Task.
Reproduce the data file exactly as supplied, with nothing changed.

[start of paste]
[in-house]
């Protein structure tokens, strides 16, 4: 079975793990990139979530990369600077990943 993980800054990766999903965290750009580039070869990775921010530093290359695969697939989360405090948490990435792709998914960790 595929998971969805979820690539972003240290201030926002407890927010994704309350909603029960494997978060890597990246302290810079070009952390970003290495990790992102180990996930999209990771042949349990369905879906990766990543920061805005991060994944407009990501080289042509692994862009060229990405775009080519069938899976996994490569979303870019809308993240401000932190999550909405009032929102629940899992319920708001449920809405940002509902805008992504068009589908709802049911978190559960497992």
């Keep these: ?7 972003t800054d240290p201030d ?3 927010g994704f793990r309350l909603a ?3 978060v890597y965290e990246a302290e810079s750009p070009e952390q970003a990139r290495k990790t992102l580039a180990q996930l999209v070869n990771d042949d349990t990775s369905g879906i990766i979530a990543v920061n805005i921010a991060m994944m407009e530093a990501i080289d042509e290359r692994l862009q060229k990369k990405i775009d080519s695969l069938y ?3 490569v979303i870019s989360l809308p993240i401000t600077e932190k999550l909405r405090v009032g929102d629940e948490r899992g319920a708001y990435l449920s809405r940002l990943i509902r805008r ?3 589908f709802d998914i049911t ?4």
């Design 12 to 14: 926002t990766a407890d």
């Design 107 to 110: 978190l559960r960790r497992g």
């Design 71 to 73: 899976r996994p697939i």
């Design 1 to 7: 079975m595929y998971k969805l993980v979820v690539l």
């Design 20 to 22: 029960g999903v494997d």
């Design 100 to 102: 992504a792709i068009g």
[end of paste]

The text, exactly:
[in-house]
């Protein structure tokens, strides 16, 4: 079975793990990139979530990369600077990943 993980800054990766999903965290750009580039070869990775921010530093290359695969697939989360405090948490990435792709998914960790 595929998971969805979820690539972003240290201030926002407890927010994704309350909603029960494997978060890597990246302290810079070009952390970003290495990790992102180990996930999209990771042949349990369905879906990766990543920061805005991060994944407009990501080289042509692994862009060229990405775009080519069938899976996994490569979303870019809308993240401000932190999550909405009032929102629940899992319920708001449920809405940002509902805008992504068009589908709802049911978190559960497992």
């Keep these: ?7 972003t800054d240290p201030d ?3 927010g994704f793990r309350l909603a ?3 978060v890597y965290e990246a302290e810079s750009p070009e952390q970003a990139r290495k990790t992102l580039a180990q996930l999209v070869n990771d042949d349990t990775s369905g879906i990766i979530a990543v920061n805005i921010a991060m994944m407009e530093a990501i080289d042509e290359r692994l862009q060229k990369k990405i775009d080519s695969l069938y ?3 490569v979303i870019s989360l809308p993240i401000t600077e932190k999550l909405r405090v009032g929102d629940e948490r899992g319920a708001y990435l449920s809405r940002l990943i509902r805008r ?3 589908f709802d998914i049911t ?4």
């Design 12 to 14: 926002t990766a407890d």
């Design 107 to 110: 978190l559960r960790r497992g």
């Design 71 to 73: 899976r996994p697939i």
């Design 1 to 7: 079975m595929y998971k969805l993980v979820v690539l």
């Design 20 to 22: 029960g999903v494997d």
């Design 100 to 102: 992504a792709i068009g």